Sam Morris / Las Vegas Sun
Friday, Nov. 6, 2009 | 2:05 a.m.
It’s about time UNLV’s basketball players see some fresh faces and different places. Others might say it’s about time they start pushing each other around.
Three weeks of practices and drills and morning sessions and early-evening runs finally end when the Rebels leave town today for a closed-door scrimmage late Saturday morning at Long Beach State
Can’t happen soon enough, based on the tussle between Stanback and Willis late Thursday afternoon inside the Cox Pavilion practice gym.
“Just physical play,” Stanback said with a slight smile. “It’s just ball … nothing at all.”
Willis has always played with an edge and it’s his goal to help carry out UNLV coach Lon Kruger’s orders to play with a more physical tone this season.
Without prompting, Willis brought up the tumble.
“Me and Chace got into a scuffle, but we’re teammates,” Willis said. “That’s why we’re looking forward to Saturday, to try to beat up another team. Yeah, we’re trying to be more physical lately.”
Those were the sentiments of every Rebel.
In fact, junior guard Kendall Wallace sounded prophetic after practice Wednesday night when he said this is the toughest part of the season, right before they’re about to play someone else for the first time.
“It’ll be fun to see where we’re at as a team,” Wallace said, “and what we need to work on.”
Sophomore guard Oscar Bellfield is looking forward to seeing how the Rebels fare on defense against the 49ers, whose star is sophomore swingman Larry Anderson.
“I know our offense will be there,” Bellfield said. “Defensively, a lot of us are working together. As a whole, we’re locking up, getting steals and fast breaks.”
The scrimmage is the de facto start of the season, since the exhibition against Division-II Washburn is Tuesday and the season opener is next Saturday against Pittsburg State.
“Here we go,” said junior point guard Derrick Jasper. “It starts real quick after this scrimmage. Everything will come on real fast, we just have to practice real hard and approach every game like it’s a business.”
Long Beach defeated a roster-shortened San Diego team by a point in a recent 48-minute private scrimmage.
“Learned a lot about our team,” 49ers coach Dan Monson wrote on his twitter page after the session. “Biggest thing we learned is we are not ready yet. Gotta get some help inside for T.J. (Robinson, 6-feet-7 and 210 pounds) and ‘Gene’ (Phelps, 6-6, 220).”
In 1999-2000, Kruger’s last season at Illinois and Monson’s first at Minnesota, Kruger directed the Illini to a 73-59 victory over the Gophers in Illinois and an 89-80 win in Minnesota.
They spoke Tuesday and arranged to play a 40-minute scrimmage, followed by maybe 10 or 20 additional minutes of action.
“Maybe we’ll go over some late-game situations, up three or down three, situational stuff you can do in a scrimmage that you can’t do in a practice or exhibition,” Kruger said. “It’ll be a totally different thing against people we don’t know.”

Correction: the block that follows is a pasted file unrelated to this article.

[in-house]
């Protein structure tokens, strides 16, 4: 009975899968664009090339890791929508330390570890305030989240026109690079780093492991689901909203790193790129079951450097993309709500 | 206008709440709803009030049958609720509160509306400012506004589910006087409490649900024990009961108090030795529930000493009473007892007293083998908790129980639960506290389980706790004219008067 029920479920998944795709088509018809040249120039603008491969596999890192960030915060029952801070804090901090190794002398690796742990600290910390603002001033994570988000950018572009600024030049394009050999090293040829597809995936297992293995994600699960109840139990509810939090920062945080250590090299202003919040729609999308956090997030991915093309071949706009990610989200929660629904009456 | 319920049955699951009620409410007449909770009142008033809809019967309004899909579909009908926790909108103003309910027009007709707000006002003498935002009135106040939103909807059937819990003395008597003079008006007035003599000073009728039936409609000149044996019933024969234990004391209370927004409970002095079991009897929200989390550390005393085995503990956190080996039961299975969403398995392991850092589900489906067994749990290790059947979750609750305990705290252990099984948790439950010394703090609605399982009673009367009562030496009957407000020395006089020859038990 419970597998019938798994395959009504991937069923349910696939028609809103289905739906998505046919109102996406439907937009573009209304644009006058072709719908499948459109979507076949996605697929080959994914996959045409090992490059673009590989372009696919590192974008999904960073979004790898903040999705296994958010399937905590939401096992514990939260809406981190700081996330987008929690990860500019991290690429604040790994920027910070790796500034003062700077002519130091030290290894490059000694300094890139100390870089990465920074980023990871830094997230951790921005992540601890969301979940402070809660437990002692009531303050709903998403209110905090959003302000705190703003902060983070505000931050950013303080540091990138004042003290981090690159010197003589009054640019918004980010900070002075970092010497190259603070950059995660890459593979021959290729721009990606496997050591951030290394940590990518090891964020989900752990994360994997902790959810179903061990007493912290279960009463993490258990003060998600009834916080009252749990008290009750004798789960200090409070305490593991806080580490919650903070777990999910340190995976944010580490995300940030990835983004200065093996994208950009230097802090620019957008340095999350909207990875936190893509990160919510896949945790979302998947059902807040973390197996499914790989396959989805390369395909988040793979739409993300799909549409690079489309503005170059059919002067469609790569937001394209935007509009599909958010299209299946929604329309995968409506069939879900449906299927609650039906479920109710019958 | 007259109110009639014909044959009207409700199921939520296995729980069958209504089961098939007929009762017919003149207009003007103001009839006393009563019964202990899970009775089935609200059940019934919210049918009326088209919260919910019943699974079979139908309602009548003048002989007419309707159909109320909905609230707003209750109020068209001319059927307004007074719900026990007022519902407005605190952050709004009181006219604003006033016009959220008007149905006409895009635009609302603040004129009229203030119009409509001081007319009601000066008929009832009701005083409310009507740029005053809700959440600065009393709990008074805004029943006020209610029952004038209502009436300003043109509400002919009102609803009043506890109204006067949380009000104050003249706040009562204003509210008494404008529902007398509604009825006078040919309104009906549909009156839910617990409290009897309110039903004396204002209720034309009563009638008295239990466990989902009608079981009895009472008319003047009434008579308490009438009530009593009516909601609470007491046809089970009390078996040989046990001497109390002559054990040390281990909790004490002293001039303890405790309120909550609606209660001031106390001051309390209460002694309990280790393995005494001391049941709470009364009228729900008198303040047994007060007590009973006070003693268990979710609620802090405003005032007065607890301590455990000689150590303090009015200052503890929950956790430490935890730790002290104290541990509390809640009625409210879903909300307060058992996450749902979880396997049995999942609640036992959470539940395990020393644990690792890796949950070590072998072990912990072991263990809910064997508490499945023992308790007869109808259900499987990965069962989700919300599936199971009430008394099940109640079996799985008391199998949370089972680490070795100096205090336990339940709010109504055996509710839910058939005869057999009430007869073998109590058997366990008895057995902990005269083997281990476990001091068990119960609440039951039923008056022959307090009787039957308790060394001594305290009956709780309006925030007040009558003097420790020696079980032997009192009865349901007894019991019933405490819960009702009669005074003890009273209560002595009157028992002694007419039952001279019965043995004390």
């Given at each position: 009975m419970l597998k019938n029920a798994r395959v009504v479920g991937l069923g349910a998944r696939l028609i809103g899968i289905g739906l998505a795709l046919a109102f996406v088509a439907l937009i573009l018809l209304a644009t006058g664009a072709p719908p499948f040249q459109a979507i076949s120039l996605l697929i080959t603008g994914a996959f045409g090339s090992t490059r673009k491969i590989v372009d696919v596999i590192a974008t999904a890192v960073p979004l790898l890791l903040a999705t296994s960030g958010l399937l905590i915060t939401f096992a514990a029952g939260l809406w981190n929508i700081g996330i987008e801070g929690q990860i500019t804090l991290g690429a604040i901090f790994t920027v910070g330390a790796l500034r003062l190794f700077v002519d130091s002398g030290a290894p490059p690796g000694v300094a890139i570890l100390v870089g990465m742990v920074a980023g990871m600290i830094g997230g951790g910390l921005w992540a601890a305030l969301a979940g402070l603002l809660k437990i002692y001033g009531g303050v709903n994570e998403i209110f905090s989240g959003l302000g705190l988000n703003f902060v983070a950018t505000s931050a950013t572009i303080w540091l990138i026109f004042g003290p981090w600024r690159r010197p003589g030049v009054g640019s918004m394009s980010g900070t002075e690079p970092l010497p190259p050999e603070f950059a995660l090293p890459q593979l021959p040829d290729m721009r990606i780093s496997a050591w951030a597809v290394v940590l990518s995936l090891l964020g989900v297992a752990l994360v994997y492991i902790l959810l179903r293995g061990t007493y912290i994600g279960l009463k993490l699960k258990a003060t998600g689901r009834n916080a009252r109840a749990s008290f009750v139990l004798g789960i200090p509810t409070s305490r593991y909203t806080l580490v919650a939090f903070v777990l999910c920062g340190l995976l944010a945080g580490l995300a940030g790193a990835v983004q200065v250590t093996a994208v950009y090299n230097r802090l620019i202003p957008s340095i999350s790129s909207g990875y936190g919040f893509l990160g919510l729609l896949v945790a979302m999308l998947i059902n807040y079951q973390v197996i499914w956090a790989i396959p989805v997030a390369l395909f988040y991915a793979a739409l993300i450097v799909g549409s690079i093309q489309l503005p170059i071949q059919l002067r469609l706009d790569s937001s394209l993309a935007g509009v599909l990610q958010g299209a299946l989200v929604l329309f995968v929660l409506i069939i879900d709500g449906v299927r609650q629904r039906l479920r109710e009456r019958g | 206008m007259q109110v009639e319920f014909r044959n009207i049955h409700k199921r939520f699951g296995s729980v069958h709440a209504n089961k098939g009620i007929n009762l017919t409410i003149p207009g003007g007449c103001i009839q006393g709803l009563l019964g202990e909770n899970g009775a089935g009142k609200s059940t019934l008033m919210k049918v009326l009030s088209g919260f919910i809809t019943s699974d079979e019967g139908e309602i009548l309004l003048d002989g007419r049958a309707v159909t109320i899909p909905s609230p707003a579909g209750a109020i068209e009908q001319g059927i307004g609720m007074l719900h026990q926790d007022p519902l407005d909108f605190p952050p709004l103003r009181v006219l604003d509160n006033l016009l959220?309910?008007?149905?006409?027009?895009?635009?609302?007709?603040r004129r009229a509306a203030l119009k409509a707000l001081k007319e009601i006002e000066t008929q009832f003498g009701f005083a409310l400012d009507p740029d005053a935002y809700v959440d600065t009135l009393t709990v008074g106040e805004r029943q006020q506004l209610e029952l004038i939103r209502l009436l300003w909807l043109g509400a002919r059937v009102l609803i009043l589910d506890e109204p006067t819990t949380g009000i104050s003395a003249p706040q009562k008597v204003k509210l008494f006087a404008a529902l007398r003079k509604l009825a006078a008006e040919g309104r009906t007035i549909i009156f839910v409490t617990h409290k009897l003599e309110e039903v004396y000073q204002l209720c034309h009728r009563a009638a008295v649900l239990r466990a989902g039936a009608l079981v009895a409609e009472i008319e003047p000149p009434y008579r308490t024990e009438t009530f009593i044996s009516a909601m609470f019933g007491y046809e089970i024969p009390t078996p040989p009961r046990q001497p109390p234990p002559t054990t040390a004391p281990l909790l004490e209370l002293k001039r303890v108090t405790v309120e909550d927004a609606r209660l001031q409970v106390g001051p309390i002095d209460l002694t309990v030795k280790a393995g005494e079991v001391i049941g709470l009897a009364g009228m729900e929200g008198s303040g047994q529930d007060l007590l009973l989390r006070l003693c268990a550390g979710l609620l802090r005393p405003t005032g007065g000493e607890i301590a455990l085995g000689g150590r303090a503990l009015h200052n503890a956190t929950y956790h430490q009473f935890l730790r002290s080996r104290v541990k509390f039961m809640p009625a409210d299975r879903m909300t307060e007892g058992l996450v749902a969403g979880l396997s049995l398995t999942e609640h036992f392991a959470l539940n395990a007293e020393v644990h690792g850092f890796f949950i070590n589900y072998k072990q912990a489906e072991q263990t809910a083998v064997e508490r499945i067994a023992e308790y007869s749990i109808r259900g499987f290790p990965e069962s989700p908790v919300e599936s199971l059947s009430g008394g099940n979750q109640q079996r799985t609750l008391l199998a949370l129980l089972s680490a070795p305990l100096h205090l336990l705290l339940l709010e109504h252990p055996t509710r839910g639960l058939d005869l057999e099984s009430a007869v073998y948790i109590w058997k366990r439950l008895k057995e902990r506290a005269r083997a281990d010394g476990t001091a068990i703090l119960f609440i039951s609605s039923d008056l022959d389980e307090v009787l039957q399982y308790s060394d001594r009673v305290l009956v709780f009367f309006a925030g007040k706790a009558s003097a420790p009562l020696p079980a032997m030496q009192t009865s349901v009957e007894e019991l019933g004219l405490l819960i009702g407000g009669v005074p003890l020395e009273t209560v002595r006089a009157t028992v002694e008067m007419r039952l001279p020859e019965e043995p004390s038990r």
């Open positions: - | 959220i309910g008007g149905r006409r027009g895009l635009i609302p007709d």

Yes, Stanback said, it’s about time.
“We’ve been banging into each other every day, and everyone seems to know everyone’s moves now,” he said. “It seems a little boring. Now we get to test ourselves against new people.”
He and Willis had an interesting test Thursday. After they hit the floor late in the fifth and final 5-minute scrimmage controlled by officials, as Willis rose he stared at Stanback, who stared back.
Everyone in the gym seemed to pause to see what would unfold in the very next moment, and Willis ever so slightly cocked his right arm … before standing and walking away.
“He was trying to post me up. I wasn’t trying to have that,” Willis said. “We got tangled up. He fell down and pulled me down. It was kind of hot during the moment, but it’s all fun.
“We laugh on it now. We’re teammates. We love each other. We just look forward to getting after it at Long Beach State.”
The lead official pulled them together to ensure there would be peace for the final 89 seconds of the scrimmage. Afterward, the ref updated the entire squad on the ramifications of fighting in a game this season.
After the practice, Stanback was about to enter a tunnel to walk back to the Rebels’ locker room when Willis, shooting free throws, yelled after him.
“Chace, stop playin’ dirty!” Willis barked as he laughed.
Stanback turned, listened, laughed and walked away.
Both said there was nothing to the episode, that it wasn’t indicative of any sort of rift between them. It was just a heated mini-battle on a squad that needs to get tougher.
That’s directly from Kruger, and Willis agreed. He confirmed that the Rebels got pushed around way too frequently, especially under the boards, last season.
“We were one of the worst rebounding teams in the country last year,” Willis said. “We hardly got any second-chance points. That’s why this year we have a whole new mind frame.”
Of pressing it in practice to toughen the team for the rigors of the fast-approaching season, and if that occasionally spills over into a glare or a push … so be it.
“It sends a message,” Willis said. “We’re fighting for something. I kind of like that Chace fought me and we got into a little scuffle. He got right back up and we kept playing. That’s what teammates are for. We need to pick each other up.”
Even if, at times, they pound each other down to the ground.
“I love stuff like that,” Willis said. “There was a little contact. Maybe we went a little too far; refs had to stop it … but it was refreshing how the coaches looked at us like we were being physical.
“Hopefully, when they watch film (today) they don’t say we weren’t being physical.”